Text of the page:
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Should large companies pay their full tax liability?

Should large companies pay their full tax liability?

The National Audit Office is to investigate the way tax inspectors from HMRC reach settlements with multinational companies after Vodafone’s £1.2 billion settlement caused uproar.

The ad hoc investigation into the deals HMRC make with large organisations is part of the annual review the NAO conducts on the Revenue’s accounts. It will review the way settlements are reached and the Audit Office will be able to access all tax settlement papers, including those of individual taxpayers.

The NAO will not pass judgement on whether the Vodafone settlement was reasonable, but senior officials from HMRC will have to appear before the commons public accounts committee to defend the settlements made with multinationals.

The Vodafone furore started after information concerning its takeover of Mannesmann was leaked to Private Eye. The leak claimed that Vodafone was to receive a bill for £6 billion relating to the takeover, a claim later referred to as an urban myth by HMRC. The national press reports that the Revenue has not yet launched a formal leak inquiry into the ‘myth’.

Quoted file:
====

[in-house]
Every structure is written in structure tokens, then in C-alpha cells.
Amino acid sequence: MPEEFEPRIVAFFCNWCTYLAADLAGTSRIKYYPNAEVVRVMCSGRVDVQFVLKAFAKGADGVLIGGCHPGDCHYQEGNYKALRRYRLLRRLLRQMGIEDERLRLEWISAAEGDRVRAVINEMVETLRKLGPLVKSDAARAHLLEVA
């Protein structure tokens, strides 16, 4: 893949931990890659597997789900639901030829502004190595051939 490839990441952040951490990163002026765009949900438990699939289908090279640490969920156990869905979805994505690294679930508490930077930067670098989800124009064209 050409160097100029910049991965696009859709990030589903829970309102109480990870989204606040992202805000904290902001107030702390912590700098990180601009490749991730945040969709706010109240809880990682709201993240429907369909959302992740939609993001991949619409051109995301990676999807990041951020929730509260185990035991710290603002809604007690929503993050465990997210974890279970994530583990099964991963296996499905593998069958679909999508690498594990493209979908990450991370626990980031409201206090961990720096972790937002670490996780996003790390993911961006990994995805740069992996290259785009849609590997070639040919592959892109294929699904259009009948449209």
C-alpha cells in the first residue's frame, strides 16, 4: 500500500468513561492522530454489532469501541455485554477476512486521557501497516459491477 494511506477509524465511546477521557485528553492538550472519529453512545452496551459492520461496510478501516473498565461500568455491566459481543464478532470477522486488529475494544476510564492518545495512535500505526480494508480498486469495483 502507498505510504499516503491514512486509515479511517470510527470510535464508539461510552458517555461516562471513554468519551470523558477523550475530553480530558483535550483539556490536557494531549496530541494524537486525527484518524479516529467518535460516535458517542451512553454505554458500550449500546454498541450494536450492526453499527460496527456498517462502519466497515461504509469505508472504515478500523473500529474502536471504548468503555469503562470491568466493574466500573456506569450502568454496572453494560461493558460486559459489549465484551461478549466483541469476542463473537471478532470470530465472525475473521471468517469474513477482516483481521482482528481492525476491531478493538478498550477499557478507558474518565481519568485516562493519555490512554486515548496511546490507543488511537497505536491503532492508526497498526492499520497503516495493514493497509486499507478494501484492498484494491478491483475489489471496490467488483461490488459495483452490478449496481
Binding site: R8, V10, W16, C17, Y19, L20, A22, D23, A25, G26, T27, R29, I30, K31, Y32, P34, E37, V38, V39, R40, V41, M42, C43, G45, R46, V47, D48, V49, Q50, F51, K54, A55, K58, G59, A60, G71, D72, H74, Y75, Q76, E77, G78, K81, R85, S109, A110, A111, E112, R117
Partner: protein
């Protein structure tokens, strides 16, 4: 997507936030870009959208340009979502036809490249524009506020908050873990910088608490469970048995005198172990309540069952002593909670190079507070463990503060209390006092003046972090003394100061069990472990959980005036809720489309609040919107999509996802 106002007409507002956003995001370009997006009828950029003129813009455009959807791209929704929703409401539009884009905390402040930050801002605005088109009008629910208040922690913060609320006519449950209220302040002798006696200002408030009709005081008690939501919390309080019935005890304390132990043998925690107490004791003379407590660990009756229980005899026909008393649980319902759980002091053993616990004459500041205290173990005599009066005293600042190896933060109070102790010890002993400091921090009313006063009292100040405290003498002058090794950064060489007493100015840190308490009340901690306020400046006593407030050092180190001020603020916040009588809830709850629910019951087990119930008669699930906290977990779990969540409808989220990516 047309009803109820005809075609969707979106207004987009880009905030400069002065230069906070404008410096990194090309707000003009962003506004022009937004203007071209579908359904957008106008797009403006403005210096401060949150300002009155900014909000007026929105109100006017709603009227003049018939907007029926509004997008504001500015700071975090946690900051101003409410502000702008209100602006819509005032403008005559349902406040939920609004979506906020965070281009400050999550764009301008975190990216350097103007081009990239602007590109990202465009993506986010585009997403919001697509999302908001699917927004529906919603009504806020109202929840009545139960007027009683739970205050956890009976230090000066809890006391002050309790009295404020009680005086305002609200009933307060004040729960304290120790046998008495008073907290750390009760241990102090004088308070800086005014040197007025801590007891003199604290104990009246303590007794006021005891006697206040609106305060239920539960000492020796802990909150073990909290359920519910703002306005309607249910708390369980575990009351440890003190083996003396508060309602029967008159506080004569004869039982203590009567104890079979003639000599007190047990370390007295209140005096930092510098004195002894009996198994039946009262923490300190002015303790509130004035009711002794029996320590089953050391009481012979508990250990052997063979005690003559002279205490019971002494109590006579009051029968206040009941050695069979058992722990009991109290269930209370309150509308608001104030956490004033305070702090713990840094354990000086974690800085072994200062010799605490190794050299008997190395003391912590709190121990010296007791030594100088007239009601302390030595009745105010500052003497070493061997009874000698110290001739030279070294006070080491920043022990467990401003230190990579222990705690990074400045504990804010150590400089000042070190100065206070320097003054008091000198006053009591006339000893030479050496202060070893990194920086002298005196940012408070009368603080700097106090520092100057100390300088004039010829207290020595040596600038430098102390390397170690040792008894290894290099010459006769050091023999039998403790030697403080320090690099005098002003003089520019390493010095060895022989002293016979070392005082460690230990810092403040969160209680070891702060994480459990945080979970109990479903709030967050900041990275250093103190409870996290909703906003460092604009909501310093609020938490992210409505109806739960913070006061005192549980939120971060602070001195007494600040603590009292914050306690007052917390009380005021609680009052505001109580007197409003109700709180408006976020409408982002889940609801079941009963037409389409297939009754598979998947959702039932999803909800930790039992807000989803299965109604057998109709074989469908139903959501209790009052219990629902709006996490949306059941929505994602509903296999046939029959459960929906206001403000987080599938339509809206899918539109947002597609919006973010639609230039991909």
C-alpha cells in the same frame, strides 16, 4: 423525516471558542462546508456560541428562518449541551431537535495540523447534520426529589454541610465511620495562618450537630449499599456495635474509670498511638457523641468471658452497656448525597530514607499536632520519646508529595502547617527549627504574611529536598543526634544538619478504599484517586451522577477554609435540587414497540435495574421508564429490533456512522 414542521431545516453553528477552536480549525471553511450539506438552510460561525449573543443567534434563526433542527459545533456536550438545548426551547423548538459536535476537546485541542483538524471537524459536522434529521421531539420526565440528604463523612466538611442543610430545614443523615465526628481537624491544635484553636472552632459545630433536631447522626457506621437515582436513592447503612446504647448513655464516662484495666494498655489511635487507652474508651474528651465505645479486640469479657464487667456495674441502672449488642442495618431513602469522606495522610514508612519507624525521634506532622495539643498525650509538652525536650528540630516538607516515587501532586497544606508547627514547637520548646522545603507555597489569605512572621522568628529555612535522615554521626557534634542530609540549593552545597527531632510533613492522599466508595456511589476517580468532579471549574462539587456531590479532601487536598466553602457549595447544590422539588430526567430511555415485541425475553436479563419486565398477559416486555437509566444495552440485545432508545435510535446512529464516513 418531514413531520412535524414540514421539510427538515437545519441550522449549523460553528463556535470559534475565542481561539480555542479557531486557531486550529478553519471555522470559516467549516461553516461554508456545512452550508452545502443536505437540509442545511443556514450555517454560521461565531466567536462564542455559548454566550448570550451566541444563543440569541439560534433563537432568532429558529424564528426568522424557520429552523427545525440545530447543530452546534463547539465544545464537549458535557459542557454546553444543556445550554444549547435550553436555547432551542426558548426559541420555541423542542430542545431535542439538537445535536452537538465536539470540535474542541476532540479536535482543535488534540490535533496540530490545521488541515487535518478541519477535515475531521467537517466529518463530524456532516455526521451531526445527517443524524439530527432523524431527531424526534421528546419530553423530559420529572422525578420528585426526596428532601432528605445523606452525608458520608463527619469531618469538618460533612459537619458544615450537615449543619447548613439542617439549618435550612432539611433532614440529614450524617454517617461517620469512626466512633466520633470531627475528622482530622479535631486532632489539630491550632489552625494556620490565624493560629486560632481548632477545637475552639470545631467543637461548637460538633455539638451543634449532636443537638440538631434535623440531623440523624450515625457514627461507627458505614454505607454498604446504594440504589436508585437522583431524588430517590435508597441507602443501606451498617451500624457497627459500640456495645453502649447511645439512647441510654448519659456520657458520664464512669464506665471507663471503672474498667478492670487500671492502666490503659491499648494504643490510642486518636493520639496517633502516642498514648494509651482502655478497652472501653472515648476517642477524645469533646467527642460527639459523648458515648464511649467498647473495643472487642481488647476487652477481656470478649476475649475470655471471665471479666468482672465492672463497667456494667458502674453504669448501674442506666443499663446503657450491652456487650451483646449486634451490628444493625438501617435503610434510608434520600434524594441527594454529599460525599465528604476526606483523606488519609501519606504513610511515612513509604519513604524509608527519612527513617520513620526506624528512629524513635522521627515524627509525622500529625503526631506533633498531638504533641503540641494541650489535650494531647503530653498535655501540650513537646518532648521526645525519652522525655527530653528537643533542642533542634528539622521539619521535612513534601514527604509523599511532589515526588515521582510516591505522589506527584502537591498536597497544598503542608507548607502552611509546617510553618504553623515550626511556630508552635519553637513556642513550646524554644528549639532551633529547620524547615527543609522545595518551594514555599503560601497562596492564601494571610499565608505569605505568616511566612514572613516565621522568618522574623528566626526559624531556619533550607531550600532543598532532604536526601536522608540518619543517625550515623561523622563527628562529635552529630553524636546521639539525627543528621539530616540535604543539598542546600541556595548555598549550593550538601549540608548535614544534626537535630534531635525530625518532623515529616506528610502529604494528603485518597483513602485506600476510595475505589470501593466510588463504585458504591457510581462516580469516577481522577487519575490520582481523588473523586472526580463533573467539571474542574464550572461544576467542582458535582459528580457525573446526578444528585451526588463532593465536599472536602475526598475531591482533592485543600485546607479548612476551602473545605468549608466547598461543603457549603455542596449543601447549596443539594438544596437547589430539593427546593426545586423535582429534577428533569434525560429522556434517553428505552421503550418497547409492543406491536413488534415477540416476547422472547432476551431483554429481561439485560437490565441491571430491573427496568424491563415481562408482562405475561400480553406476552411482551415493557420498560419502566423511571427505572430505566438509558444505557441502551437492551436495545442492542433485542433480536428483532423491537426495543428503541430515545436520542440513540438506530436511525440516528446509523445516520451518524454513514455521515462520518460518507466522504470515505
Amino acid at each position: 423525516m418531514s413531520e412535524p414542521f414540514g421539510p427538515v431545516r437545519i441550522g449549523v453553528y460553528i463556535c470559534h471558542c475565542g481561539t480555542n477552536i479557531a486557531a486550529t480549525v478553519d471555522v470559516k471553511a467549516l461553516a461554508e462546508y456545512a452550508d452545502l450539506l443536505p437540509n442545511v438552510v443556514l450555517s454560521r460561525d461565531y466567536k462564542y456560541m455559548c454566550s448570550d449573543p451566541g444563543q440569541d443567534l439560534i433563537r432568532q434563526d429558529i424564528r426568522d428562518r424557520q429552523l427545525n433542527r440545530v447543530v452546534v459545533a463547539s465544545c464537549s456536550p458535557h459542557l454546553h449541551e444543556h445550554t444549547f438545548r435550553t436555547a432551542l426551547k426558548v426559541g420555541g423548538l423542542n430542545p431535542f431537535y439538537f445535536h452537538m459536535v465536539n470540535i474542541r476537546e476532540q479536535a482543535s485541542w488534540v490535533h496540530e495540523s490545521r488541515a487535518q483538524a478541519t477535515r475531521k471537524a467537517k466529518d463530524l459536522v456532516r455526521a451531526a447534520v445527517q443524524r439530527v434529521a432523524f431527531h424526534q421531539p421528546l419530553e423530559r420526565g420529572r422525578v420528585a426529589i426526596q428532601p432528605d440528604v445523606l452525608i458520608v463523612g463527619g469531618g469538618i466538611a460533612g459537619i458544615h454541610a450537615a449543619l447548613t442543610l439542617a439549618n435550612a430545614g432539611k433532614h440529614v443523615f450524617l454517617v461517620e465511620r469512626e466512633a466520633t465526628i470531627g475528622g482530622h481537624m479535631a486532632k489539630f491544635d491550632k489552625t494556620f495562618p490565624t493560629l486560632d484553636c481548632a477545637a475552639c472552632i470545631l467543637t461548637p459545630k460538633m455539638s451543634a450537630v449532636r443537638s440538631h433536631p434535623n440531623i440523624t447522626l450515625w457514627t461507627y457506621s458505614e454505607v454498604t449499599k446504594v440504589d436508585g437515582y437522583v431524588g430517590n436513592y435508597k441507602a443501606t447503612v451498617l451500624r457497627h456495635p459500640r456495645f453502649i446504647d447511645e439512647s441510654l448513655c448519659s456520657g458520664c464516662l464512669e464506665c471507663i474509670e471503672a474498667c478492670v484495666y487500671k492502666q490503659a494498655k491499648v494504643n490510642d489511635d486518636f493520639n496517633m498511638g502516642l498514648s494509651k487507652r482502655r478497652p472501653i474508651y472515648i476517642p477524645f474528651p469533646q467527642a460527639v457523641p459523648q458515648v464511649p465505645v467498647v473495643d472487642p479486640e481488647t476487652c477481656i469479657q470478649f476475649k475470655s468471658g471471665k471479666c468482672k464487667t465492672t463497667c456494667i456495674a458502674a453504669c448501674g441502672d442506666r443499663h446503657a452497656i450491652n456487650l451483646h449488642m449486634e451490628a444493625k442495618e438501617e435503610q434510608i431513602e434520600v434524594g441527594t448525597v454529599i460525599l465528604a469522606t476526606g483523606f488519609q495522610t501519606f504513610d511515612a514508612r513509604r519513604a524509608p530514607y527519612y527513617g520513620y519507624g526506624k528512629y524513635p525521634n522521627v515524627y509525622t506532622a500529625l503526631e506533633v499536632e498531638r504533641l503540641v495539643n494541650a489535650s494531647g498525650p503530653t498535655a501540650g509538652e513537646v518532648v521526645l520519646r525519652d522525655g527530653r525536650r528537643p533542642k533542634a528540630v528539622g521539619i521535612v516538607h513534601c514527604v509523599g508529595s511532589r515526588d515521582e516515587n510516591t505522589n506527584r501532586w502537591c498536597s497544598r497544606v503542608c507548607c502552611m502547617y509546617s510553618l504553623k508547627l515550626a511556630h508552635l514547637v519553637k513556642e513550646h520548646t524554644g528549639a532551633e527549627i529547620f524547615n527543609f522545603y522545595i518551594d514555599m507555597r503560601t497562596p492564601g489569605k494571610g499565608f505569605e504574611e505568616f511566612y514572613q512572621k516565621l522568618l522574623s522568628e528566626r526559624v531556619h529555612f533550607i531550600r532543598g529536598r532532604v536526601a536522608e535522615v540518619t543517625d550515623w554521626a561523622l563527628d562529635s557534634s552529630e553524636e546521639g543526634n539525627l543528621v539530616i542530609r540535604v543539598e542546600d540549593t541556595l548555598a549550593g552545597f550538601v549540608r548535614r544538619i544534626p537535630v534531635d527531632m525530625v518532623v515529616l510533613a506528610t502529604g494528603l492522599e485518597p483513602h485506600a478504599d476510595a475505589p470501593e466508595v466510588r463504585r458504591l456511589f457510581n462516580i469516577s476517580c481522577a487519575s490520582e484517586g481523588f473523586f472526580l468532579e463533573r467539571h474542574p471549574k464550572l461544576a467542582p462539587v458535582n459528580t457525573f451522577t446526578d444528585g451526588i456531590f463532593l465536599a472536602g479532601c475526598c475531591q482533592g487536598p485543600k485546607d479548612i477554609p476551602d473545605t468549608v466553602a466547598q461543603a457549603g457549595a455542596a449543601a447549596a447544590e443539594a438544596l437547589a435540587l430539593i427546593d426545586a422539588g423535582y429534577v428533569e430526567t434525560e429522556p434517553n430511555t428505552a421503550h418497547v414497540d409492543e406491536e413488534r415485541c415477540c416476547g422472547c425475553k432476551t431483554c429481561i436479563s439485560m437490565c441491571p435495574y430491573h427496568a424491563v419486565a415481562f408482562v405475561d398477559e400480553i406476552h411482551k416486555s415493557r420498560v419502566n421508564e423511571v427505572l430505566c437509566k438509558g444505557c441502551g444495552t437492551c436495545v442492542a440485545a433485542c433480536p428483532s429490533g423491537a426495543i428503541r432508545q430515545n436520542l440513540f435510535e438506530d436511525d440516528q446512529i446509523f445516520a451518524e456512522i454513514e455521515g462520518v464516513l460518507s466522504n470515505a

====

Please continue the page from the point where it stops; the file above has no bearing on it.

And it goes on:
However, the £1.2 billion deal has provoked public uproar and a new campaign group, UK Uncut, has been formed that is arguing that large corporations must pay their full tax liabilities in order to avoid more cuts in public spending.

Whilst the public are angered by the Vodafone settlement, at least one government minister has defended the Revenue’s policy of reaching settlement on long-standing tax matters. David Gauke, the Exchequer Secretary, pointed out that these disputes are very expensive, last several years and cost enormous legal fees. He was therefore pleased that the Revenue achieved its largest ever cash settlement. It brought in additional revenue that had been sitting in financial purgatory for years, he added.

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Image: The wine glass by Pen Waggener

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